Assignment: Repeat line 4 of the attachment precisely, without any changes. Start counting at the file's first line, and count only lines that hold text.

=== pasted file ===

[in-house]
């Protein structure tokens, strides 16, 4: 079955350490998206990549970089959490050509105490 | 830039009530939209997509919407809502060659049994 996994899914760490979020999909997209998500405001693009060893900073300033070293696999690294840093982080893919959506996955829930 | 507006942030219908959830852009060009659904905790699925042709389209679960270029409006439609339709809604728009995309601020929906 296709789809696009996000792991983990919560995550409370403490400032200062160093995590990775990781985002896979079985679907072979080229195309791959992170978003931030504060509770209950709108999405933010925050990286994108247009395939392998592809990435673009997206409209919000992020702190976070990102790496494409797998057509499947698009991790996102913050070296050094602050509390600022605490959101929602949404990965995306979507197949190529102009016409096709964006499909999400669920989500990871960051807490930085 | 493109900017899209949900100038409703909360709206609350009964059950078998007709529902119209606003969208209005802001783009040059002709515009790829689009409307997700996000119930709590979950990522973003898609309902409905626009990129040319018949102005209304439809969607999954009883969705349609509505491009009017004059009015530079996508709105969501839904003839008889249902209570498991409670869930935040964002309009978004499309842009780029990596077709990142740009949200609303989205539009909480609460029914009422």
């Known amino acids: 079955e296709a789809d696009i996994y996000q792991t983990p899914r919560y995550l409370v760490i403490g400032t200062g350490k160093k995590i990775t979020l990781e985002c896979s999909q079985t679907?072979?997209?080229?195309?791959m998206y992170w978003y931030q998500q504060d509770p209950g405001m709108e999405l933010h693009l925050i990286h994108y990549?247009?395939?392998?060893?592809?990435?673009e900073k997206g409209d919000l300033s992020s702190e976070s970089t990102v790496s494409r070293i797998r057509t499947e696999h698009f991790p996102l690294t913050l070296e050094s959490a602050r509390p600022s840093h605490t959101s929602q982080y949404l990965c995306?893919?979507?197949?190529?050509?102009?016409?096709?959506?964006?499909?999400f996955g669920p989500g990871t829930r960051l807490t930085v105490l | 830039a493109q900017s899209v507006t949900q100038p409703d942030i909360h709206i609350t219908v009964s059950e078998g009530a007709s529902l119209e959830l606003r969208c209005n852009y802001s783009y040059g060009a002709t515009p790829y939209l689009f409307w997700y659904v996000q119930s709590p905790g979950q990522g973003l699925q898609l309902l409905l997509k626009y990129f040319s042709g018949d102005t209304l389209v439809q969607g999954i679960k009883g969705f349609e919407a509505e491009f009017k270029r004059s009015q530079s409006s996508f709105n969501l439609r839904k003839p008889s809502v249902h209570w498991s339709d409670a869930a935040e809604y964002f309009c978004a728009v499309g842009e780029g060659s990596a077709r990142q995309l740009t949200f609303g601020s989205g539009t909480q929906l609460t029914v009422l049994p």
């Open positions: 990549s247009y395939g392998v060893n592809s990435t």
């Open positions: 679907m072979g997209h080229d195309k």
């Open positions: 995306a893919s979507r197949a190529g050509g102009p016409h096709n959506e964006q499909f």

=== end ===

């Open positions: 990549s247009y395939g392998v060893n592809s990435t």